Chapter 6 of The Birchbark House:

*Please remind your students that they should NOT pick any berries without first consulting you, even if they think they are O.K.


p.84-86 What were the consequences of Pinch eating the berries and then lying about it? Talk about how being a false witness hurts other people.
Why are we tempted to lie when we've done something we know is wrong?
What is a better way to handle things? (What should Pinch have done instead?)

Proverbs 19:5

A false witness will not go unpunished, And he who speaks lies will not escape.

Psalm 32:5
I told my sin to you. I did not hide my wrongdoing...and you forgave the guilt of my sins.

James 5:16
Confess therefore your sins one to another, and pray one for another, that ye may be healed.

p.93 Grandmother gave tobacco to the water for a safe crossing. Why would this have no effect (from a Christian standpoint) ? What CAN we do if we desire safety, etc.? (Pray and ask God.)

Chapter 7 of The Birchbark House:

parched (the corn)
ferocity (ferocious)

p.101 Grandma "blesses" the cache and asks the "spirits" for protection.
Who can we ask for protection?

p.103-104 Grandmother talks to Omakayas about the medicines "talking" to her. What are the possibilities of meaning concerning this? Do they really "talk" to her? Could this have to do with the Native American spiritual beliefs, or could it mean that she understood intuitively what to do with them? or ??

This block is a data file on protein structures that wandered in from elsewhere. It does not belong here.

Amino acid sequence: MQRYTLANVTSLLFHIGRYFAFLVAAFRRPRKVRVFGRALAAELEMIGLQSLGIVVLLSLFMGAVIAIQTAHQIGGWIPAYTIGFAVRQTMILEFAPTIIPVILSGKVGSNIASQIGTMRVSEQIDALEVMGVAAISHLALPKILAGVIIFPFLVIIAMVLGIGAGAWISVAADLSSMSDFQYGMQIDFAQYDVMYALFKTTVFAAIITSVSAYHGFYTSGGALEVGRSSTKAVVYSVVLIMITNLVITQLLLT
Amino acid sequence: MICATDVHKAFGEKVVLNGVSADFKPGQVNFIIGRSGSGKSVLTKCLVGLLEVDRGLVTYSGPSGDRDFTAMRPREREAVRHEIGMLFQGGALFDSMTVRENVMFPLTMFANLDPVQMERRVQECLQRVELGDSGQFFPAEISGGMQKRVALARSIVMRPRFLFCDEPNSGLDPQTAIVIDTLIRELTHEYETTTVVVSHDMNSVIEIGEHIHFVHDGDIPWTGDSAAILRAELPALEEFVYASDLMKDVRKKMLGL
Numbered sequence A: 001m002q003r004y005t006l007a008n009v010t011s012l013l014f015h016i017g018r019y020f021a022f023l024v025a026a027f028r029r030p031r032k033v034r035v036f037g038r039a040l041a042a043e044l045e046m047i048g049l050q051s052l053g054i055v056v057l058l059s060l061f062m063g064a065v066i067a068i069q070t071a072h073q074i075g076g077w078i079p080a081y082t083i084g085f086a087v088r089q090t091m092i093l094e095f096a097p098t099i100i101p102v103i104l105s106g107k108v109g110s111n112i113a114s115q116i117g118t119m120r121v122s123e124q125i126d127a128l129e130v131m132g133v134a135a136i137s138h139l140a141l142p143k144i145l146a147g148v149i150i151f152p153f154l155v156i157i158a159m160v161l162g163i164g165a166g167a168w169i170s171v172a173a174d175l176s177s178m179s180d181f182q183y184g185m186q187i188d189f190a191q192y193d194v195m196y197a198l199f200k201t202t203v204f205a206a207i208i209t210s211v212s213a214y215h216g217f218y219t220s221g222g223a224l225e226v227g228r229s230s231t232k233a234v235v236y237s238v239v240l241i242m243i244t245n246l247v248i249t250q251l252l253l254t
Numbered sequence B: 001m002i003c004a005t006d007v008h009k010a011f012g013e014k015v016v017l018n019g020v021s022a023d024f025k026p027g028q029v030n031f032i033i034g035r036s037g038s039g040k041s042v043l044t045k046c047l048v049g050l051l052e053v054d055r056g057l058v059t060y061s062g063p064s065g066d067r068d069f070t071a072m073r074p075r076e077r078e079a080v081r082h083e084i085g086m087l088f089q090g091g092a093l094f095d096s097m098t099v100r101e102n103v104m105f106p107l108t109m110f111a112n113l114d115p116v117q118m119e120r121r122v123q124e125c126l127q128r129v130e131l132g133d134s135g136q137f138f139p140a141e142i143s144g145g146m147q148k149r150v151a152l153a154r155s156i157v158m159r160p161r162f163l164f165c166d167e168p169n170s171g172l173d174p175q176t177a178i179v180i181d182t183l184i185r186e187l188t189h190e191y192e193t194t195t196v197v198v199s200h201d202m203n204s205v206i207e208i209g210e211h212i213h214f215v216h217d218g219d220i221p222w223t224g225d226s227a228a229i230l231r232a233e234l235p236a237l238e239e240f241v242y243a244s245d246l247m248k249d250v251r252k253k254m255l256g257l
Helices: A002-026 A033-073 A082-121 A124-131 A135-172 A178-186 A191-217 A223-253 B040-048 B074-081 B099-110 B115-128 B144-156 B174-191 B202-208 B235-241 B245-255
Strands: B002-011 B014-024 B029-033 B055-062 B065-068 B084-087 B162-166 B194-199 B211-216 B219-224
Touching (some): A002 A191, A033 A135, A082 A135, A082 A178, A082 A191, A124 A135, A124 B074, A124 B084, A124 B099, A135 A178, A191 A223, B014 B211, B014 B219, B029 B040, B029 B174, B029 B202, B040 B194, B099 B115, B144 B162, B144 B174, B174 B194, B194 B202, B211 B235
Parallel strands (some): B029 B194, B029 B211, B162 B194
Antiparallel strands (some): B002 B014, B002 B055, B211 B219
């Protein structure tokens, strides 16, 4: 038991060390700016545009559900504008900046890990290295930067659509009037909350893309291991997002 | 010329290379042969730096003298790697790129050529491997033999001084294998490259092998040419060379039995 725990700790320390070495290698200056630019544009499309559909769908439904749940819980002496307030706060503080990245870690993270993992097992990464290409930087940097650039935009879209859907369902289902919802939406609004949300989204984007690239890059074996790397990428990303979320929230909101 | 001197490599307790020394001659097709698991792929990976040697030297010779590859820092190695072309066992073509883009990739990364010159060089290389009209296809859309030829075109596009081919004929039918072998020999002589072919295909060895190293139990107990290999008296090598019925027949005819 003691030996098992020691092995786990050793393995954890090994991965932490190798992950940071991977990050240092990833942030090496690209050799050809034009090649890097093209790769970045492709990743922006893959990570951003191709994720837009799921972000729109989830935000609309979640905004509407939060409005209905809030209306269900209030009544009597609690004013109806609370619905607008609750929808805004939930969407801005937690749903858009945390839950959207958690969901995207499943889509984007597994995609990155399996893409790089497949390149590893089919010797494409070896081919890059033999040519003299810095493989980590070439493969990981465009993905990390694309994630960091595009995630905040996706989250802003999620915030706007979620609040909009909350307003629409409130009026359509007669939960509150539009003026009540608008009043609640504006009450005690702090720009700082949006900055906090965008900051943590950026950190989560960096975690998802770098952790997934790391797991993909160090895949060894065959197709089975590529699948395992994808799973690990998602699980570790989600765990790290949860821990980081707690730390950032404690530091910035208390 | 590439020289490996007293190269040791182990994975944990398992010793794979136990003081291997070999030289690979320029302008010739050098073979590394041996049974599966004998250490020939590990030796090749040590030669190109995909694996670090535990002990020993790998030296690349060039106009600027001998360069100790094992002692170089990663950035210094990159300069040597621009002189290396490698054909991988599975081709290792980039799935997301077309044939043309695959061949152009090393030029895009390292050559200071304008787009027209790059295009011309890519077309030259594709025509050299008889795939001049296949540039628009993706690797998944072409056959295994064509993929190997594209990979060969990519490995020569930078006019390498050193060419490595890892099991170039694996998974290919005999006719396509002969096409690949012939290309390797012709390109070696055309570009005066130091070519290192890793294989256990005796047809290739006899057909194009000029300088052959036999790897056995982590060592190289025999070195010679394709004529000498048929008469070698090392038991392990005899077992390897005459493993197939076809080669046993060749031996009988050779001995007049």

Chapter 8 of The Birchbark House:


What are the dangers of "thin" ice? Why must we avoid going out onto ice without supervision and permission?

p.112 (After reading about Fishtail learning to read): How can getting an education help us in our lives? What could happen to you if you didn't know math (you could be cheated). How about if you couldn't read? Why is it an advantage to know things? Why do we bother to learn?

Proverbs 2:2
Make your ear attentive to wisdom, Incline your heart to understanding;

Proverbs 3:13
How blessed is the man who finds wisdom And the man who gains understanding.

Chapter 9 of The Birchbark House:

juniper berries

p.128-129 (Omakayas decided to make moccasins for Neewo)... Why do we do nice things for our family members? What are some things you can do for someone else? (This might be a good time to think up a project to make or do for a sibling, parent, etc.)

p.130 Should we give up when things are hard to do? Why or why not?

p.134-138 Is this story true? Why does Grandmother tell the story as if it really happened?

Proverbs 26:18-19
Like a madman who throws Firebrands, arrows and death,
So is the man who deceives his neighbor, And says, "Was I not joking?"

Should we tell stories as if they are "true" when they are not?

Chapter 10 of The Birchbark House:


*smallpox WARNING: GRAPHIC, view with caution or skip -A couple of my children are very interested in being doctors someday and so are interested in items like this. They are NOT for the squeamish and you will have to judge if the images are acceptable for your child to view or not. Some children may be upset by them.


I have scheduled a science study of germs for this chapter. Please see topic list 3 for more information.